When you lose your child in a public place
It was possibly the worst three of four minutes of my life. We were at a public event with a few thousand other people. One moment my toddler was there, beside us. The next he wasn’t.
We looked in our immediate vicinity, but no sign. We looked again, expecting to see him at any second, but still no sign. Nowhere.
My child was lost.
I felt physically sick. I could feel the tears stinging my eyes. I grabbed my other two kids and went one way, while Cardiff Daddy went the other, all of us shouting his name.
Random people said they would help us look. Someone asked me if I wanted her to look after my other children so I could get about more quickly. I politely declined. I’d already lost one child; I couldn’t abandon the others. I held their little hands as tightly as I could as we walked up and down, calling for him, asking people if they’d seen a little two-year old dressed in blue.
I told an event steward, who radioed to ask her team members to look out for him.
I saw Cardiff Daddy telling another warden. He’s always so calm and chilled but I could see the worry on his face.
I bumped into two friends who sensed what was up by the frantic look in my face. They tried to comfort me and I promptly burst into full-on tears. I was shaking.
And then suddenly there he was. Wandering around with a smile on his face, content in his own little world. Completely oblivious to it all. I picked him up and hugged him as tightly as I could. “You mustn’t wander off,” I told him. “We didn’t know where you were.” The tears – this time out of sheer relief – prevented me from saying much more.
It was only three or four minutes but it was the longest three of four minutes. Every worst case scenario went through my head. If I’m honest, they’re still running through my mind. All those what ifs; knowing how lucky we were that everything was okay.
I’ve been debating with myself whether I should write about this, because I realise I am putting myself up for all manner of criticism of my parenting skills.
But so many other parents told me that day, and since, that they have lost a child in public, and just how easily it can happen. “I’ve no idea how it happened,” seems to be the common refrain. “One minute he/she was there right under my nose; the next minute they’d gone.”
That’s pretty much what I said too. I don’t know how it happened. But it did happen. And it was absolutely terrifying.
I’m mortified about what happened. I’m angry with myself.
But it doesn’t make me a bad parent. I might not be perfect, but I am definitely not a bad parent.
I am the kind of mum who often finds herself apologising while talking to people, because I am constantly watching my children, rather than looking at the person I am talking to.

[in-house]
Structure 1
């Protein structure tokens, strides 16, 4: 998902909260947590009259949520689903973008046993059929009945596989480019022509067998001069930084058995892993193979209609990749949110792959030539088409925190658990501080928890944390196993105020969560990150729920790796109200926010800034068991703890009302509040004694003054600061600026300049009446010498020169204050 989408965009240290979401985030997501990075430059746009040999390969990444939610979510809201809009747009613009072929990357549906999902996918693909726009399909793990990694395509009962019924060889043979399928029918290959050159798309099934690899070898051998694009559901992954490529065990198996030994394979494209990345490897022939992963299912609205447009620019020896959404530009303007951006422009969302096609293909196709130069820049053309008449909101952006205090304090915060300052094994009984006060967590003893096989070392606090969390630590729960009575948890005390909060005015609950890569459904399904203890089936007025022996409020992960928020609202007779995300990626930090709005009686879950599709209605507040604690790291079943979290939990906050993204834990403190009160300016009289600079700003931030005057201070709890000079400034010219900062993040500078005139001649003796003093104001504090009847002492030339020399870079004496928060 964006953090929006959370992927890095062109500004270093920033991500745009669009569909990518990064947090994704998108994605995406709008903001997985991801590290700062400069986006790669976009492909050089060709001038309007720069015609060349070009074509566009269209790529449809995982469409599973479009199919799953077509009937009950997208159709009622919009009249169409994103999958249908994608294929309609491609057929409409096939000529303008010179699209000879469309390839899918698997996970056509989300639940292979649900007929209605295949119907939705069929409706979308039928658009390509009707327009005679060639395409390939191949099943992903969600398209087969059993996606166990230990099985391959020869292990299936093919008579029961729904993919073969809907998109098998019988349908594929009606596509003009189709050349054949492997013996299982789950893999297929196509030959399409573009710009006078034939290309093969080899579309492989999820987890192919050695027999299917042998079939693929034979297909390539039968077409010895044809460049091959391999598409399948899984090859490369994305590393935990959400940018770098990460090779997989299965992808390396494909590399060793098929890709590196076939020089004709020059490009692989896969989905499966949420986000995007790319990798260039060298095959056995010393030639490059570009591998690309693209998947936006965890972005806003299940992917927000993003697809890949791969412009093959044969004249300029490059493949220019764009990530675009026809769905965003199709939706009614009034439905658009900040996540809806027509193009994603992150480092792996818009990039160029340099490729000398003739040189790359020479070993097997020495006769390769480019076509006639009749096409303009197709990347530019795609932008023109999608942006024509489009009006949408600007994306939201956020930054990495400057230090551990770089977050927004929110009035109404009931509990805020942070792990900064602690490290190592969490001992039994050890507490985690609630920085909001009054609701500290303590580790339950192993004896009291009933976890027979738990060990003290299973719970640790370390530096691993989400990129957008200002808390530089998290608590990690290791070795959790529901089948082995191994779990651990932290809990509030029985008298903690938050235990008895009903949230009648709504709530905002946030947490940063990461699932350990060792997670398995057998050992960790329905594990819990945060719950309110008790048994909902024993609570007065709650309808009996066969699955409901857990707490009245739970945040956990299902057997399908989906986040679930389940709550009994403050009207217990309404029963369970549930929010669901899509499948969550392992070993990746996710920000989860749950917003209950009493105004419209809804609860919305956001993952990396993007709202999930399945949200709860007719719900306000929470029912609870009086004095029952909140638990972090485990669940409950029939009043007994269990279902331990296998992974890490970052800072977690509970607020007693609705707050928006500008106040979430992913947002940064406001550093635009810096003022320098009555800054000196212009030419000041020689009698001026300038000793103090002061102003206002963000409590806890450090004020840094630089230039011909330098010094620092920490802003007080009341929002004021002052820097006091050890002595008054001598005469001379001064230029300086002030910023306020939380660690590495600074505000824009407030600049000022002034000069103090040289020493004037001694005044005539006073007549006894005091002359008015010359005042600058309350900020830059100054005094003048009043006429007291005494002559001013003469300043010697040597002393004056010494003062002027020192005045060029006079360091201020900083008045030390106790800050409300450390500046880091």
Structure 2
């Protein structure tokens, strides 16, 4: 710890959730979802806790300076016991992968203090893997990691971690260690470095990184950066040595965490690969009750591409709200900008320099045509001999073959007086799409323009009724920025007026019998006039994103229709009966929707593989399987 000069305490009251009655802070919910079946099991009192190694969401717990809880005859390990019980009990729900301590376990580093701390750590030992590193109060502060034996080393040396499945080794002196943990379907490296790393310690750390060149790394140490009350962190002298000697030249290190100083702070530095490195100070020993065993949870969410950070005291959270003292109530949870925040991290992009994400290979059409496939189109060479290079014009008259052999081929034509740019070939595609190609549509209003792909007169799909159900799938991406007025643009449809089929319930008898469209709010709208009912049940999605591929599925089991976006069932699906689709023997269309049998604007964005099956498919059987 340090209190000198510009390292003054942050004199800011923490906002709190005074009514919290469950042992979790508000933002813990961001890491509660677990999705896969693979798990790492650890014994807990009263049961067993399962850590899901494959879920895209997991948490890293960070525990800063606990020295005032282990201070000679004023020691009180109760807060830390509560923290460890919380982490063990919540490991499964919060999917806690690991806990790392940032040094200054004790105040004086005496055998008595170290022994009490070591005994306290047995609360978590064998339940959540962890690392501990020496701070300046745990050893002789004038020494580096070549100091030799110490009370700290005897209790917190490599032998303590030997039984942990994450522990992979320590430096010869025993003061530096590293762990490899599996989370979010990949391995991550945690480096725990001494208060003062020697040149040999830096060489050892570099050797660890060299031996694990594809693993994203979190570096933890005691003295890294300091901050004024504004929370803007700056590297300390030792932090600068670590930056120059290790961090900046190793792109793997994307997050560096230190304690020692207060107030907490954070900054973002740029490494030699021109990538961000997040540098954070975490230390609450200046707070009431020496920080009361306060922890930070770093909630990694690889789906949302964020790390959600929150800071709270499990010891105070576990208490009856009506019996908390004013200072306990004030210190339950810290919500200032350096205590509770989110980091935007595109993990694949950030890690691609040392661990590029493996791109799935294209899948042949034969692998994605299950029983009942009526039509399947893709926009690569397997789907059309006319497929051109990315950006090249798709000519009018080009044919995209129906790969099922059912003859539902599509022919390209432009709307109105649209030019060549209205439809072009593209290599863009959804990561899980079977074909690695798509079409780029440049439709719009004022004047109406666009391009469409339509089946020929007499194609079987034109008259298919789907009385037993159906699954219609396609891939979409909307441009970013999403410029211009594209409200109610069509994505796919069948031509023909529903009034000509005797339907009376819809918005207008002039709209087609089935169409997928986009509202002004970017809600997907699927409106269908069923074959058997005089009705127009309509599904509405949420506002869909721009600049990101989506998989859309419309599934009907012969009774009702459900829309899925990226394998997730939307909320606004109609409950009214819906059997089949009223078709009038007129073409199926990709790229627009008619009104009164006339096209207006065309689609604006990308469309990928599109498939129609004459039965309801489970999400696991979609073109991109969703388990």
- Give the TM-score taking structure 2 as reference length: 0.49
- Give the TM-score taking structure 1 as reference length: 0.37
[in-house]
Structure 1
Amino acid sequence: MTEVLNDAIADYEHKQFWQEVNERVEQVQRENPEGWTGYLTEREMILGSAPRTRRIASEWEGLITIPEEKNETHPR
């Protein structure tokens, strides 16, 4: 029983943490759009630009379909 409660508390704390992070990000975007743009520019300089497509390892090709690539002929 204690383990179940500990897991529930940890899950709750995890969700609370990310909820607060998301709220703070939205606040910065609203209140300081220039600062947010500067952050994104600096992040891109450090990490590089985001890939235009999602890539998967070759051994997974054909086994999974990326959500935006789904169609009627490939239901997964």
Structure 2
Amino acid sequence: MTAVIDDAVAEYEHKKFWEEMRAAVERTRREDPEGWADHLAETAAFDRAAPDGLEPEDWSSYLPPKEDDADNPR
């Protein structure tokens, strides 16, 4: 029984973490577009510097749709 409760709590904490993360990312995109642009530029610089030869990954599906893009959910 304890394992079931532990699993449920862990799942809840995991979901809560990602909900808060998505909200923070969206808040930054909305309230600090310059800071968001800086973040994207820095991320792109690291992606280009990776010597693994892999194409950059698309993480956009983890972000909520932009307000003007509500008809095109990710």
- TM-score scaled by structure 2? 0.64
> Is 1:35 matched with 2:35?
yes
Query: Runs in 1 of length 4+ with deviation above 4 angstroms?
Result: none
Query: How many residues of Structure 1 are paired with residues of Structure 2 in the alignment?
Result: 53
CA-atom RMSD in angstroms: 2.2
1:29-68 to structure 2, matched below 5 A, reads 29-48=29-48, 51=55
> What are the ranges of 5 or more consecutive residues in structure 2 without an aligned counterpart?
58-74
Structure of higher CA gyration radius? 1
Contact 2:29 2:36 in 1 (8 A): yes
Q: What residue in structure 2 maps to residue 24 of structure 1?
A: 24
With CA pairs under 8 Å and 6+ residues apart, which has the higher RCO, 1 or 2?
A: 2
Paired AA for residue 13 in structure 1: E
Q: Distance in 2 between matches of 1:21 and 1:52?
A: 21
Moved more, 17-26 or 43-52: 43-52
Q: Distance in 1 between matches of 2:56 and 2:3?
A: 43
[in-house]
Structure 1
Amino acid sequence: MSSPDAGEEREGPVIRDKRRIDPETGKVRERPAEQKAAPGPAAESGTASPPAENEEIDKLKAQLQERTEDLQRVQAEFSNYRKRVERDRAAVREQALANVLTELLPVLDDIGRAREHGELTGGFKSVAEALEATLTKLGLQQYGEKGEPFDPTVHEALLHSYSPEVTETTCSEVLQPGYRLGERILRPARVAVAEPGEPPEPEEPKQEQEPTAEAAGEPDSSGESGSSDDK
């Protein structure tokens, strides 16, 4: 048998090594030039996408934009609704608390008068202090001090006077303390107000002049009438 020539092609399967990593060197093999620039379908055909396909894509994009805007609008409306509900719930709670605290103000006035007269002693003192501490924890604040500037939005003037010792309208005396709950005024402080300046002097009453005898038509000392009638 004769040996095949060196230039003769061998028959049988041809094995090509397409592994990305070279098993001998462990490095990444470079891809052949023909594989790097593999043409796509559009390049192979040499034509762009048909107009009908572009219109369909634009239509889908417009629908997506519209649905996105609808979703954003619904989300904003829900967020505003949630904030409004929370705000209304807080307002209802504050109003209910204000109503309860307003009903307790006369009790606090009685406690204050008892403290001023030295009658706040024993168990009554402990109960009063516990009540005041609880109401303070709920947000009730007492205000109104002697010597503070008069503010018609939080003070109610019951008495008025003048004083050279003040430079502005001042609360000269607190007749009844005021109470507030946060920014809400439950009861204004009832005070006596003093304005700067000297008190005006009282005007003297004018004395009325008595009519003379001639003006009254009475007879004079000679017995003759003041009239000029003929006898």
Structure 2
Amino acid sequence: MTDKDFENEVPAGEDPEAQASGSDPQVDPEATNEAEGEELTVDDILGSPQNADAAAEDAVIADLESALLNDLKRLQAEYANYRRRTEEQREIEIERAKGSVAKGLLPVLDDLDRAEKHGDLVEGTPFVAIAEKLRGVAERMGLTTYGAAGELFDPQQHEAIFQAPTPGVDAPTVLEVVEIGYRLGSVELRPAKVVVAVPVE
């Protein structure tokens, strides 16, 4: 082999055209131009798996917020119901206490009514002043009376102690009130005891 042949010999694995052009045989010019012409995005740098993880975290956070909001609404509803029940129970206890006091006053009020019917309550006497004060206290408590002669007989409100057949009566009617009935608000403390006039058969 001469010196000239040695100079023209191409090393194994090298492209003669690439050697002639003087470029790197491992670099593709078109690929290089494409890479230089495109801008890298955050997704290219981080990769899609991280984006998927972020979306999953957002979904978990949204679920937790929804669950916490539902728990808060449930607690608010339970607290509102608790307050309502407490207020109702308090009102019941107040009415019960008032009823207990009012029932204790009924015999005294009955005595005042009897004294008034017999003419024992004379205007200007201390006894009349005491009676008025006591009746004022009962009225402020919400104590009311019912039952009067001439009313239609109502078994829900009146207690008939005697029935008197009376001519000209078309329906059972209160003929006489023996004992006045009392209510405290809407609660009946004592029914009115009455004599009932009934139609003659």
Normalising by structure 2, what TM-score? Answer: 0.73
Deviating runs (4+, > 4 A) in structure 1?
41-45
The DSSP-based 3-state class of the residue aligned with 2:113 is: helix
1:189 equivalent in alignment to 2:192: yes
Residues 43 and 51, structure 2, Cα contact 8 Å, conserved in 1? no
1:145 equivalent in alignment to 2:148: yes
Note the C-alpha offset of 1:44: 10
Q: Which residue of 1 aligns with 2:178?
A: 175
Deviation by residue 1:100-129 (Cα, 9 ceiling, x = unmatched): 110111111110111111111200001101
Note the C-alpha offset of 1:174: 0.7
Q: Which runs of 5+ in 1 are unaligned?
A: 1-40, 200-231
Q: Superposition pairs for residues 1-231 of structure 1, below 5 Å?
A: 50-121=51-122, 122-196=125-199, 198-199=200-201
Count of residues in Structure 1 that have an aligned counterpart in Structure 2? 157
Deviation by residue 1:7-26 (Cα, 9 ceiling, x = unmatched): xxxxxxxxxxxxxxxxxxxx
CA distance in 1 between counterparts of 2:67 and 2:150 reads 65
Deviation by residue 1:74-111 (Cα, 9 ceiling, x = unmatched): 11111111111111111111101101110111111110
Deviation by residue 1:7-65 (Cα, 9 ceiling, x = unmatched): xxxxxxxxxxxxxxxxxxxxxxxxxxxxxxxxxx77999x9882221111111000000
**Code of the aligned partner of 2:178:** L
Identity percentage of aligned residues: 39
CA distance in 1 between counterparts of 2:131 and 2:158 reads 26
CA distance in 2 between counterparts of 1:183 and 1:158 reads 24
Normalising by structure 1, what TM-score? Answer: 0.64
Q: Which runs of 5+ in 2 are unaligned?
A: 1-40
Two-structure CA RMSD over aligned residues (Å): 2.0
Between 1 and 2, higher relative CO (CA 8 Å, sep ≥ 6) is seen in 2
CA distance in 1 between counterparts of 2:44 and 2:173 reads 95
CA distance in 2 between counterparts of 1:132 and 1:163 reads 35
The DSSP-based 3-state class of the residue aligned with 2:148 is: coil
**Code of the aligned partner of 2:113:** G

I am the kind of mum who wouldn’t dream of leaving her child in a car while she paid for petrol or popped into the shop. I am the mum who, once at a party in a hotel, stayed in the room when her children went to bed, while the other parents left their babies alone in their hotel rooms with baby monitors and laughed at me for being so paranoid. I don’t judge other people for their parenting decisions, but that’s the kind of parent I am.
I didn’t think I would be the mum to lose her child in public. But it turned out, I was.
And it scared the life out of me.
Has this ever happened to you? Do let me know in the comments below, on the Cardiff Mummy Says Facebook page or by tweeting me on @cardiffmummy
That must have been so scary! It hasn’t happened to me yet, but I used to hide all the time when I was a kid – especially in supermarkets.
The worst one though, was when I went to Disneyland Paris with my brother and grandparents when I was 7. I was playing hide and seek with another girl on holiday and was hiding under a table with a table cloth to the floor.
Nobody could find me.
10 minutes later I came out because I’d got bored of hiding, to find that a load of people were looking for me thinking I’d been abducted! Haha!
There is no worse feeling even if it is just for a few seconds, that panic and fear is awful. It happens to most people, no matter if they like to admit it or not xx
You’re so brave to post this. This is every mothers worst nightmare, I can’t imagine how I would feel if I lost my daughter, even for a minute but it can happen so easily. So glad you found your little boy and he was perfectly fine.
It was honestly the most worrying few minutes – but the more I spoke about it, the more other people told me it had happened to them too and none of them are bad neglectful parents; it just happens in a split second. It was terrifying but thankfully all was okay.